Leila Janah was an activist, adventurer, social entrepreneur and founded LXMI skin care, Samaschool and Samasource. She passed away on January 24th and will be dearly missed. She was only 37 when she lost her life to complications due to Epithelioid Sarcoma. She was a pioneer in the world of impact sourcing. The world will remember her due to her work to eradicate poverty.
Leila believed the creation of dignified work for all people during the next 50 years was the greatest challenge of all. In 2008, she founded Samasource. Her goal was to provide work as opposed to aid by hiring people living in impoverished areas. She wanted to train them in artificial intelligence data annotation. She believed if they had the skills, they could earn a living wage in the global economy.
The Early Years of Leila Janah
Leila was born in 1982 on October 9th in Lewiston, New York. She spent her childhood in San Pedro, California, a suburb of Los Angeles. Her parents were Indian immigrants arriving in the United States with absolutely nothing. When she spoke of her childhood, she said the years were difficult because her family was not financially secure. She worked numerous jobs including tutoring and babysitting.
Leila graduated from the Academy of Mathematics and Science in California. At the age of 17, she was awarded a scholarship from American Field Services. She convinced them she should spend her time teaching in Ghana. This is where she was for six months during her high school senior year. She taught young students English in the village of Akuapem. Many of her students were blind.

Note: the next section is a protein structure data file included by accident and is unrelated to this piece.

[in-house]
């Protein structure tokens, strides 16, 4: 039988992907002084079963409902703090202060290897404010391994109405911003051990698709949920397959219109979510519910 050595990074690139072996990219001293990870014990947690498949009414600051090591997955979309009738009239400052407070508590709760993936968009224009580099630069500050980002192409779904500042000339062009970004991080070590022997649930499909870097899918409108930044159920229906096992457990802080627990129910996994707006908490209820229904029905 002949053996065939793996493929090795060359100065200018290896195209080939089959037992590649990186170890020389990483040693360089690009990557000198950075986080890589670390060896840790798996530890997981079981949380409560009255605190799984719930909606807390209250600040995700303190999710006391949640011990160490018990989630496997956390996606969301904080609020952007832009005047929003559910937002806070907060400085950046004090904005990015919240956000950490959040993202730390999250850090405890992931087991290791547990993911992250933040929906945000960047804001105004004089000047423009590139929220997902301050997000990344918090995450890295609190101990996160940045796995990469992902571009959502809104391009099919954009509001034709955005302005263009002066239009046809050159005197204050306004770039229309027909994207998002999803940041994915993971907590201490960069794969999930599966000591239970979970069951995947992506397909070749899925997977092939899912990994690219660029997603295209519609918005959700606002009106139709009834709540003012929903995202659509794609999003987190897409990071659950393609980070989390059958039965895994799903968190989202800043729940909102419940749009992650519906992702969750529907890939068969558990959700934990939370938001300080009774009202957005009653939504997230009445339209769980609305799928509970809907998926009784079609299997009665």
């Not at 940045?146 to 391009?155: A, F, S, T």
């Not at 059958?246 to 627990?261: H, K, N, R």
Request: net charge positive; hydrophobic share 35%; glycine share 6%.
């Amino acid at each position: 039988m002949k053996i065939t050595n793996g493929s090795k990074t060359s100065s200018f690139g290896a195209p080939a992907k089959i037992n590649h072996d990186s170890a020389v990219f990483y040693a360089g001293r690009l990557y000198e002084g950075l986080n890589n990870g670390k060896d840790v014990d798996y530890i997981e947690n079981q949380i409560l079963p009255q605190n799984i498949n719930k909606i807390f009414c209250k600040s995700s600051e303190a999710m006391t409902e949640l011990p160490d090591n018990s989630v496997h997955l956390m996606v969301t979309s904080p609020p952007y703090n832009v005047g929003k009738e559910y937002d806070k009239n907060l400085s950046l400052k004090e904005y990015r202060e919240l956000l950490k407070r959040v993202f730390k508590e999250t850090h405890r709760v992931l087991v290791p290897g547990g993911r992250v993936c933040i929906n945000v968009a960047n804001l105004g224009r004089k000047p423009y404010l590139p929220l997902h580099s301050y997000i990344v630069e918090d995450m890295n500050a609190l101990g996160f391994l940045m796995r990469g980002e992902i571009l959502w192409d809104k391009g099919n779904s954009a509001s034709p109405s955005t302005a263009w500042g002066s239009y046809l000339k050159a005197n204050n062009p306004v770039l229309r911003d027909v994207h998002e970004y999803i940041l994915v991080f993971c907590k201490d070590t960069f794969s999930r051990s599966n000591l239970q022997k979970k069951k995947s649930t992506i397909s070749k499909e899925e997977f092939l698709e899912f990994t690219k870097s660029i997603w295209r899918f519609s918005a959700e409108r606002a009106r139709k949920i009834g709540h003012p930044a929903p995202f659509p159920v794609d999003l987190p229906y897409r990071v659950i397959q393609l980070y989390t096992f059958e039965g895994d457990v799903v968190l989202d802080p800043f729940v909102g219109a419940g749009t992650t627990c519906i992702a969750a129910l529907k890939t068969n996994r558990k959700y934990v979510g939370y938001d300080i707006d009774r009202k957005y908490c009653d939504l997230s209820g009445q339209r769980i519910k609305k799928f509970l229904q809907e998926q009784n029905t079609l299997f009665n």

Leila has said this experience is the reason she became passionate about working in Africa. While she attended college, her visits to the country continued. She graduated from Harvard University in 2005. Her degree was in African Development Studies. During her time in college, she conducted fieldwork in Rwanda, Senegal and Mozambique while consulting for Ashoka and the Development Research Group of the World Bank regarding economic and social rights.
During this time, Leila Janah witnessed the tragedy suffered by hard-working individuals living in poverty. She knew it was because they were in a geographic location where the people were unable to find a well-paying job. Eventually, this became the driving force of her life. Leila used her experience to create an African Development Studies degree of her own at Harvard University.
Leila became a Secretariat leader for World Model UN and Harvard Model UN while she was an undergraduate. She also conducted research and wrote travel guides for Let’s Go for Borneo, Mozambique and Brazil. She even found time to work in the Development Research Group for the World Bank in addition to her studies.
After Leila graduated, she began working as a management consultant for Katzenbach Partners. The company is now called Booz & Co. While working as a call center manager in Mumbai she found out one of her employees took a rickshaw to work from his home in the slums every day. This was when she had the idea to place the call center directly in the slums.